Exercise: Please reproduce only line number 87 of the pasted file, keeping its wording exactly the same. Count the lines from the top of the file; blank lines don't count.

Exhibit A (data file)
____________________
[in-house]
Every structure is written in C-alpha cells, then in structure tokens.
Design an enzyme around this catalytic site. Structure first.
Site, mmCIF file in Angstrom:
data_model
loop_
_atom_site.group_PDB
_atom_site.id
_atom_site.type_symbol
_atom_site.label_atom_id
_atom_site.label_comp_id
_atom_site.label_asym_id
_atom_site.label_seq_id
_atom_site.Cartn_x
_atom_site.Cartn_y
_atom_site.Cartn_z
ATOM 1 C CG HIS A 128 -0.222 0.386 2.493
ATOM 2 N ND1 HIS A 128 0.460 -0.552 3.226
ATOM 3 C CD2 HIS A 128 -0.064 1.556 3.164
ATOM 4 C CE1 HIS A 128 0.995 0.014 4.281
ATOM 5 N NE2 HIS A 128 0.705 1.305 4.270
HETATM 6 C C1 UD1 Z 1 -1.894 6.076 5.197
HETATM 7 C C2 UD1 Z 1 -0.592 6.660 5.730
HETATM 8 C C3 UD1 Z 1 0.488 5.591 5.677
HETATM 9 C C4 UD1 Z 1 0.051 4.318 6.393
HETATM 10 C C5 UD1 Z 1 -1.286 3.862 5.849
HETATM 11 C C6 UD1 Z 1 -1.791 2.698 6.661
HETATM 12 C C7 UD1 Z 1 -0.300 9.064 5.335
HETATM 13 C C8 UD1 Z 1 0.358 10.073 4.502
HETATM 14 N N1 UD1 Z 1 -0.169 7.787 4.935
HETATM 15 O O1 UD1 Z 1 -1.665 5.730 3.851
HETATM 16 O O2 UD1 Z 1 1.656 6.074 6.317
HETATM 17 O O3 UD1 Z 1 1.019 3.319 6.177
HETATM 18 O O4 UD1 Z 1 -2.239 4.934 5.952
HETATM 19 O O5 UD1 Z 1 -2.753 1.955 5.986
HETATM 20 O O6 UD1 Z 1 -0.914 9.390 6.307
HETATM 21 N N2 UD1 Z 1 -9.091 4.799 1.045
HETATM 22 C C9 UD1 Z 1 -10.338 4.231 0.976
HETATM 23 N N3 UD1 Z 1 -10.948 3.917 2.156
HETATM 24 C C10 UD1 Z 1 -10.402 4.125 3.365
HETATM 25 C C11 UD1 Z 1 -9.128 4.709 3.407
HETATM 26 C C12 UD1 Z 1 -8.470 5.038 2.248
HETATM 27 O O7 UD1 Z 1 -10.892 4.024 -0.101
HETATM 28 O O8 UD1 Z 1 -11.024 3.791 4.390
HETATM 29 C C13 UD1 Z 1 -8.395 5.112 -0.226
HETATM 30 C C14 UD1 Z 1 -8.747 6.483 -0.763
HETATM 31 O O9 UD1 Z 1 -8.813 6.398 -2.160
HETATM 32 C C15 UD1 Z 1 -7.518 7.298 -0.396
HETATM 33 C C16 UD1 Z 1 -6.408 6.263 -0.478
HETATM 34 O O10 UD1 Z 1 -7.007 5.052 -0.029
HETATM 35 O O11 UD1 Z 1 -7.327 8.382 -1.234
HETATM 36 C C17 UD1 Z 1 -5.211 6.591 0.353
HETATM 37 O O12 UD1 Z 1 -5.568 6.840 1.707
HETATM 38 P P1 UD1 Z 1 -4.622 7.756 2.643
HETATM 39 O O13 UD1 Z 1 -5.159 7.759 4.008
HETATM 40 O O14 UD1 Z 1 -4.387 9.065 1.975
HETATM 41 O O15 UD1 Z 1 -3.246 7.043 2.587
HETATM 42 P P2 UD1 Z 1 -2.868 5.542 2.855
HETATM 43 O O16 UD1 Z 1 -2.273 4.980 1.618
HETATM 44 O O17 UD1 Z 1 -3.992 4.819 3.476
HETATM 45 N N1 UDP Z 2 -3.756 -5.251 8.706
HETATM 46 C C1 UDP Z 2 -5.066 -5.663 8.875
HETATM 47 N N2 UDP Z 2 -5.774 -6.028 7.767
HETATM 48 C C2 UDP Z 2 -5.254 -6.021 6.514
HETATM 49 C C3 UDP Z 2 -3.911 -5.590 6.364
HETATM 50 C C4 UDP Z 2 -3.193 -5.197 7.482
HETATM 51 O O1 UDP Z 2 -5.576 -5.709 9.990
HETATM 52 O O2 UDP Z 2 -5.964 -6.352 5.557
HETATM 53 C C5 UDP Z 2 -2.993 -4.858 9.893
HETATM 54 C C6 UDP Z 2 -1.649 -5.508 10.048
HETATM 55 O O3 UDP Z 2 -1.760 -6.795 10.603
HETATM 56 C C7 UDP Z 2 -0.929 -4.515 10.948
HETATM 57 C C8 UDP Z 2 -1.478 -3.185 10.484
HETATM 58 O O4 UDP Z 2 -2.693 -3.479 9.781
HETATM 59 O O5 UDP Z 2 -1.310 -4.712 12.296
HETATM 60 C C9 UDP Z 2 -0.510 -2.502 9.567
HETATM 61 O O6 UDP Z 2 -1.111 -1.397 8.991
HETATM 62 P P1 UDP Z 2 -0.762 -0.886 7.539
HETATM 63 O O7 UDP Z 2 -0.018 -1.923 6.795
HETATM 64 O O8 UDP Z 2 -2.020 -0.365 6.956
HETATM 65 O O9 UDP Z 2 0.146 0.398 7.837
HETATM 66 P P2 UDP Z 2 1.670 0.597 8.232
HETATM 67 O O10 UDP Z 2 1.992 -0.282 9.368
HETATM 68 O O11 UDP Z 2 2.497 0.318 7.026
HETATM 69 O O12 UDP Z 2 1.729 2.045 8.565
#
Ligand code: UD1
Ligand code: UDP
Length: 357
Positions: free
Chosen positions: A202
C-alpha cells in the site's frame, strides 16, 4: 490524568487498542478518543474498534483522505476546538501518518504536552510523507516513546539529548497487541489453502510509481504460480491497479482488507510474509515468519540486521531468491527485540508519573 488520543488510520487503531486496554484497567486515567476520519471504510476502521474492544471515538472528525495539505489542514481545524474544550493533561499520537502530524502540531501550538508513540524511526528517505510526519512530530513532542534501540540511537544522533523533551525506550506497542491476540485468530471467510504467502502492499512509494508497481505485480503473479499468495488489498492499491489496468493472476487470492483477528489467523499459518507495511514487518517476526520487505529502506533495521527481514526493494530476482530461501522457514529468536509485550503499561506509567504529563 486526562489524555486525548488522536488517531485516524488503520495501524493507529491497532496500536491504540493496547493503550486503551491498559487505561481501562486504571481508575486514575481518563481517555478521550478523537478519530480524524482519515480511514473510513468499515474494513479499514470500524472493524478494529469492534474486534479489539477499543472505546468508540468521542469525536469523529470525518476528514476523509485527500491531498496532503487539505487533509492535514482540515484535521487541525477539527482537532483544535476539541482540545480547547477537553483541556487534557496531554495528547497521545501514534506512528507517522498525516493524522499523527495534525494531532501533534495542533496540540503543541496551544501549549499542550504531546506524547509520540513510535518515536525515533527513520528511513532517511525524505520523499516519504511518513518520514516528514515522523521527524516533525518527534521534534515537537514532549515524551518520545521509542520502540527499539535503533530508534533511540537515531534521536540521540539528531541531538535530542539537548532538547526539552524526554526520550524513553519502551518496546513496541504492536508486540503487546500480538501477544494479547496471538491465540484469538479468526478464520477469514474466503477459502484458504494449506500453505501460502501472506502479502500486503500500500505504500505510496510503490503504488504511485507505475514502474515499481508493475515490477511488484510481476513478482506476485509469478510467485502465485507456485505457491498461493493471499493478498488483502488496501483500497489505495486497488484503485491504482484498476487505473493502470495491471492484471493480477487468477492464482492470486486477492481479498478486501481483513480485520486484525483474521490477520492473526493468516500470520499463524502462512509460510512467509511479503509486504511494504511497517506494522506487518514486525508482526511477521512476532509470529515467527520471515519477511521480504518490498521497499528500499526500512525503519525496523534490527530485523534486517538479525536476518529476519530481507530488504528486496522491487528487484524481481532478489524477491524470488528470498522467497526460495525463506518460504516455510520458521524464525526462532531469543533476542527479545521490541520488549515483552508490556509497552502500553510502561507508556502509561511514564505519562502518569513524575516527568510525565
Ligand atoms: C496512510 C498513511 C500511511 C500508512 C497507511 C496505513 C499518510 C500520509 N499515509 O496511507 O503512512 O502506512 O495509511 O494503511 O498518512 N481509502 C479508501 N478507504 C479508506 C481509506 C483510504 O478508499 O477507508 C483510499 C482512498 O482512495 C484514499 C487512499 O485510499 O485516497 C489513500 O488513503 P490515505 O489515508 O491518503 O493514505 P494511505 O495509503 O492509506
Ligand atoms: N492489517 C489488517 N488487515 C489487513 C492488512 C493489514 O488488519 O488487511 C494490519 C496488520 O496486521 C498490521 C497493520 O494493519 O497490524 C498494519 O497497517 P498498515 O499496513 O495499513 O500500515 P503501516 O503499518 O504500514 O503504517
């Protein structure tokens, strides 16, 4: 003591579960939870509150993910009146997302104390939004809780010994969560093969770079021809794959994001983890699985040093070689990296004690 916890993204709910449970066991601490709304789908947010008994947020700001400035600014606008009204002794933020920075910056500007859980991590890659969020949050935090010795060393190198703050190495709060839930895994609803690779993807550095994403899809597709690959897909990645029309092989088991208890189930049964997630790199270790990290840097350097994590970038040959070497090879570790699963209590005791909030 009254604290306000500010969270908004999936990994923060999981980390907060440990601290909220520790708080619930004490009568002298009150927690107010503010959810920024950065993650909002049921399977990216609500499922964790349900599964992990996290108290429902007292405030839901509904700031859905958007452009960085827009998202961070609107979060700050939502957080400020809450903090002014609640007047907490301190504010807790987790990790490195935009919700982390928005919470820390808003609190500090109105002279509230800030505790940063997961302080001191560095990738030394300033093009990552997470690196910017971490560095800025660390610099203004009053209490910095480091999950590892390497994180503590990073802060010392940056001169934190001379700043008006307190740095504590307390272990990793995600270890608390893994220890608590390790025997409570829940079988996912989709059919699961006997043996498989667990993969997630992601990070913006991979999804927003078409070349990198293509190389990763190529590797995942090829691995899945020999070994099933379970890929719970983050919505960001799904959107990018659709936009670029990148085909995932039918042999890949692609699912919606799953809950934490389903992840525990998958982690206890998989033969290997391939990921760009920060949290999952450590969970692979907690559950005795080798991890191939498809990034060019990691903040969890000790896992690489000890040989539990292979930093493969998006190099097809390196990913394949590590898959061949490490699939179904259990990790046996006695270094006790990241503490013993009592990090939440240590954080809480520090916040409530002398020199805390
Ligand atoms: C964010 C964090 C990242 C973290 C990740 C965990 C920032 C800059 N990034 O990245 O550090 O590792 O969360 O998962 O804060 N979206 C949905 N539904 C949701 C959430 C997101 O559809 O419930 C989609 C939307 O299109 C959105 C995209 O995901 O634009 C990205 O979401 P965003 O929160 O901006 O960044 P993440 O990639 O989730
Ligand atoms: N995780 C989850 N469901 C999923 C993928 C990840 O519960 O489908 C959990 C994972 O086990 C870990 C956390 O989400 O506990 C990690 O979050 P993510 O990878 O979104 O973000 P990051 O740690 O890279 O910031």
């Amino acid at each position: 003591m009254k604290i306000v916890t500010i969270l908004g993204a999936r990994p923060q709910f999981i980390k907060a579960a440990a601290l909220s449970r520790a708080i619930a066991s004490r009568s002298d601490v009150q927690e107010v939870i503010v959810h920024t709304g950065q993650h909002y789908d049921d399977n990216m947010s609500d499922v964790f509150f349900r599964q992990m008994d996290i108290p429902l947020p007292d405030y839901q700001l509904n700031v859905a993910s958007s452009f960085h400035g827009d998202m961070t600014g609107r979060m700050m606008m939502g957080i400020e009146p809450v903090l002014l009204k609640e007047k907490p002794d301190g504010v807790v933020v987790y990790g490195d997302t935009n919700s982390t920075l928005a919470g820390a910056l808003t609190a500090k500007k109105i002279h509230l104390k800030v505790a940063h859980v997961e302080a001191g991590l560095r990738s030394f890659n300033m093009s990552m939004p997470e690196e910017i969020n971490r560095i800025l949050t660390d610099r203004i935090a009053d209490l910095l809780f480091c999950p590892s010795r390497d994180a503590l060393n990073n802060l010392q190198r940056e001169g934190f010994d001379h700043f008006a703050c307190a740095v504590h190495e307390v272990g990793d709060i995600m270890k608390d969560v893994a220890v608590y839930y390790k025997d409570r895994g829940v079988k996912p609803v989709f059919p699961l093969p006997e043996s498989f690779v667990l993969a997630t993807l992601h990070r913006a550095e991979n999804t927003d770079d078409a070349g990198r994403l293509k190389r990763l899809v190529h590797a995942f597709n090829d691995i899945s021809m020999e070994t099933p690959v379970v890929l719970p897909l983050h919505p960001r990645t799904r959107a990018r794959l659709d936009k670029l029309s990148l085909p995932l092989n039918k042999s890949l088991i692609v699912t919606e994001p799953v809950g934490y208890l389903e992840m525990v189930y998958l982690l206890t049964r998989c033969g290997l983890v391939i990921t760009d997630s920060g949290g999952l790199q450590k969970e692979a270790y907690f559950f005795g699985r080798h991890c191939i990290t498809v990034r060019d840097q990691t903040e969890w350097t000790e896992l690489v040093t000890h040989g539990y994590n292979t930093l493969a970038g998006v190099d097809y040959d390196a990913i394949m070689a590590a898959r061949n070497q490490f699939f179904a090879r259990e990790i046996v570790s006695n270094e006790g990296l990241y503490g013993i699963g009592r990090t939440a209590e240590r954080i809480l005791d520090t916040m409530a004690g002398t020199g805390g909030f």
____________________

Ligand code: UD1